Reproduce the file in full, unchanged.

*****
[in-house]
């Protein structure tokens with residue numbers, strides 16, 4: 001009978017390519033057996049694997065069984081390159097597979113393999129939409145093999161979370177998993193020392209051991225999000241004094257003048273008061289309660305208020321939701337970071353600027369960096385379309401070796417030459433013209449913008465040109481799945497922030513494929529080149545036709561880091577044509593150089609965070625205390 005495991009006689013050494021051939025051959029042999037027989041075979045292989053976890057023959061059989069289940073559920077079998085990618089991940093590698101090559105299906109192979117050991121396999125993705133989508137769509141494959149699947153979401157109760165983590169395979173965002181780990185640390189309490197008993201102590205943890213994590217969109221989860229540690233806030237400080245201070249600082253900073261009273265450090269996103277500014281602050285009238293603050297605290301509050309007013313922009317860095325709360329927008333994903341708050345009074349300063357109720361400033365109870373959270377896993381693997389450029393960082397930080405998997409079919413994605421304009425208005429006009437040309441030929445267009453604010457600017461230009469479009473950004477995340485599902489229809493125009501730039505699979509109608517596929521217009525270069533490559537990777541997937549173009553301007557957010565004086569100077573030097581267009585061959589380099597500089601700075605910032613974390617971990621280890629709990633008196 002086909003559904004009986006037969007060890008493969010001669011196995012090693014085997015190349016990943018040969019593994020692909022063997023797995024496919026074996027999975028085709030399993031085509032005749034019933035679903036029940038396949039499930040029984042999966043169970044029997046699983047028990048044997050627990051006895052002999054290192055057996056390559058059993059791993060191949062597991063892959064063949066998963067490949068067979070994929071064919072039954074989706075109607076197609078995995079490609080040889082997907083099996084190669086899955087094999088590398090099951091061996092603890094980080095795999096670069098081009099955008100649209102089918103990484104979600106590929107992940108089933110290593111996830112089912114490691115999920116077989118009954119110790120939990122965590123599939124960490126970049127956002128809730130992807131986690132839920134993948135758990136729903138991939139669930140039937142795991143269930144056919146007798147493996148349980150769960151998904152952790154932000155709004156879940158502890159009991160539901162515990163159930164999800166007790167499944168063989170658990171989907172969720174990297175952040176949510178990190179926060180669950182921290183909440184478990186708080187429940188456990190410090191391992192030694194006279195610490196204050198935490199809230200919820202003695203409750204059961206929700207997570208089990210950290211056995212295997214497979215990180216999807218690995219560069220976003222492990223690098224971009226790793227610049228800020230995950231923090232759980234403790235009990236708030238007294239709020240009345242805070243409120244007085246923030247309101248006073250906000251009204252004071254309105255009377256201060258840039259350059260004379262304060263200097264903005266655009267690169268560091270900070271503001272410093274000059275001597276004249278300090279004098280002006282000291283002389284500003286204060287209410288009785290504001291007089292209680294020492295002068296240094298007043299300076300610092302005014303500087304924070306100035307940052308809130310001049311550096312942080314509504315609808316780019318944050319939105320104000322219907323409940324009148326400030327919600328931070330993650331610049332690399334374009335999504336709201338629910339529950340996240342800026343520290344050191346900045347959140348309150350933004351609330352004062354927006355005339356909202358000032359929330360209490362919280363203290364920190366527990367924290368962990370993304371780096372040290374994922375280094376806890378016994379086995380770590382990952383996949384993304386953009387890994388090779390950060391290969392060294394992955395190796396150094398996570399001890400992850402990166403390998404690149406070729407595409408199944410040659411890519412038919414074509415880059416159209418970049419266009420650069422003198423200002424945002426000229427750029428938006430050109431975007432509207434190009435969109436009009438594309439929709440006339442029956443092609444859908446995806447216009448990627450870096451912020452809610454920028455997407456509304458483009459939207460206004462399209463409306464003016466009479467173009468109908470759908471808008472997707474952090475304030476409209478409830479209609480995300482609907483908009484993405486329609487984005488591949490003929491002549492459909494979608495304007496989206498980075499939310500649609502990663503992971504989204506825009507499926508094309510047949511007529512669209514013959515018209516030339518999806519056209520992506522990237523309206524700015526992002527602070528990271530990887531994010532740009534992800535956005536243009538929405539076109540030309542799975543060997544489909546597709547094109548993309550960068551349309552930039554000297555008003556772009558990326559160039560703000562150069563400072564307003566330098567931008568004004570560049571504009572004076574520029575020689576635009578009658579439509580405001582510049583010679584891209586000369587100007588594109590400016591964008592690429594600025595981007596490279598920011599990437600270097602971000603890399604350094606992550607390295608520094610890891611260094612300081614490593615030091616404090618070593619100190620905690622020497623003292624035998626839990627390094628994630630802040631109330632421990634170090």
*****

[in-house]
């Protein structure tokens with residue numbers, strides 16, 4: 001009978017390519033057996049694997065069984081390159097597979113393999129939409145093999161979370177998993193020392209051991225999000241004094257003048273008061289309660305208020321939701337970071353600027369960096385379309401070796417030459433013209449913008465040109481799945497922030513494929529080149545036709561880091577044509593150089609965070625205390 005495991009006689013050494021051939025051959029042999037027989041075979045292989053976890057023959061059989069289940073559920077079998085990618089991940093590698101090559105299906109192979117050991121396999125993705133989508137769509141494959149699947153979401157109760165983590169395979173965002181780990185640390189309490197008993201102590205943890213994590217969109221989860229540690233806030237400080245201070249600082253900073261009273265450090269996103277500014281602050285009238293603050297605290301509050309007013313922009317860095325709360329927008333994903341708050345009074349300063357109720361400033365109870373959270377896993381693997389450029393960082397930080405998997409079919413994605421304009425208005429006009437040309441030929445267009453604010457600017461230009469479009473950004477995340485599902489229809493125009501730039505699979509109608517596929521217009525270069533490559537990777541997937549173009553301007557957010565004086569100077573030097581267009585061959589380099597500089601700075605910032613974390617971990621280890629709990633008196 002086909003559904004009986006037969007060890008493969010001669011196995012090693014085997015190349016990943018040969019593994020692909022063997023797995024496919026074996027999975028085709030399993031085509032005749034019933035679903036029940038396949039499930040029984042999966043169970044029997046699983047028990048044997050627990051006895052002999054290192055057996056390559058059993059791993060191949062597991063892959064063949066998963067490949068067979070994929071064919072039954074989706075109607076197609078995995079490609080040889082997907083099996084190669086899955087094999088590398090099951091061996092603890094980080095795999096670069098081009099955008100649209102089918103990484104979600106590929107992940108089933110290593111996830112089912114490691115999920116077989118009954119110790120939990122965590123599939124960490126970049127956002128809730130992807131986690132839920134993948135758990136729903138991939139669930140039937142795991143269930144056919146007798147493996148349980150769960151998904152952790154932000155709004156879940158502890159009991160539901162515990163159930164999800166007790167499944168063989170658990171989907172969720174990297175952040176949510178990190179926060180669950182921290183909440184478990186708080187429940188456990190410090191391992192030694194006279195610490196204050198935490199809230200919820202003695203409750204059961206929700207997570208089990210950290211056995212295997214497979215990180216999807218690995219560069220976003222492990223690098224971009226790793227610049228800020230995950231923090232759980234403790235009990236708030238007294239709020240009345242805070243409120244007085246923030247309101248006073250906000251009204252004071254309105255009377256201060258840039259350059260004379262304060263200097264903005266655009267690169268560091270900070271503001272410093274000059275001597276004249278300090279004098280002006282000291283002389284500003286204060287209410288009785290504001291007089292209680294020492295002068296240094298007043299300076300610092302005014303500087304924070306100035307940052308809130310001049311550096312942080314509504315609808316780019318944050319939105320104000322219907323409940324009148326400030327919600328931070330993650331610049332690399334374009335999504336709201338629910339529950340996240342800026343520290344050191346900045347959140348309150350933004351609330352004062354927006355005339356909202358000032359929330360209490362919280363203290364920190366527990367924290368962990370993304371780096372040290374994922375280094376806890378016994379086995380770590382990952383996949384993304386953009387890994388090779390950060391290969392060294394992955395190796396150094398996570399001890400992850402990166403390998404690149406070729407595409408199944410040659411890519412038919414074509415880059416159209418970049419266009420650069422003198423200002424945002426000229427750029428938006430050109431975007432509207434190009435969109436009009438594309439929709440006339442029956443092609444859908446995806447216009448990627450870096451912020452809610454920028455997407456509304458483009459939207460206004462399209463409306464003016466009479467173009468109908470759908471808008472997707474952090475304030476409209478409830479209609480995300482609907483908009484993405486329609487984005488591949490003929491002549492459909494979608495304007496989206498980075499939310500649609502990663503992971504989204506825009507499926508094309510047949511007529512669209514013959515018209516030339518999806519056209520992506522990237523309206524700015526992002527602070528990271530990887531994010532740009534992800535956005536243009538929405539076109540030309542799975543060997544489909546597709547094109548993309550960068551349309552930039554000297555008003556772009558990326559160039560703000562150069563400072564307003566330098567931008568004004570560049571504009572004076574520029575020689576635009578009658579439509580405001582510049583010679584891209586000369587100007588594109590400016591964008592690429594600025595981007596490279598920011599990437600270097602971000603890399604350094606992550607390295608520094610890891611260094612300081614490593615030091616404090618070593619100190620905690622020497623003292624035998626839990627390094628994630630802040631109330632421990634170090």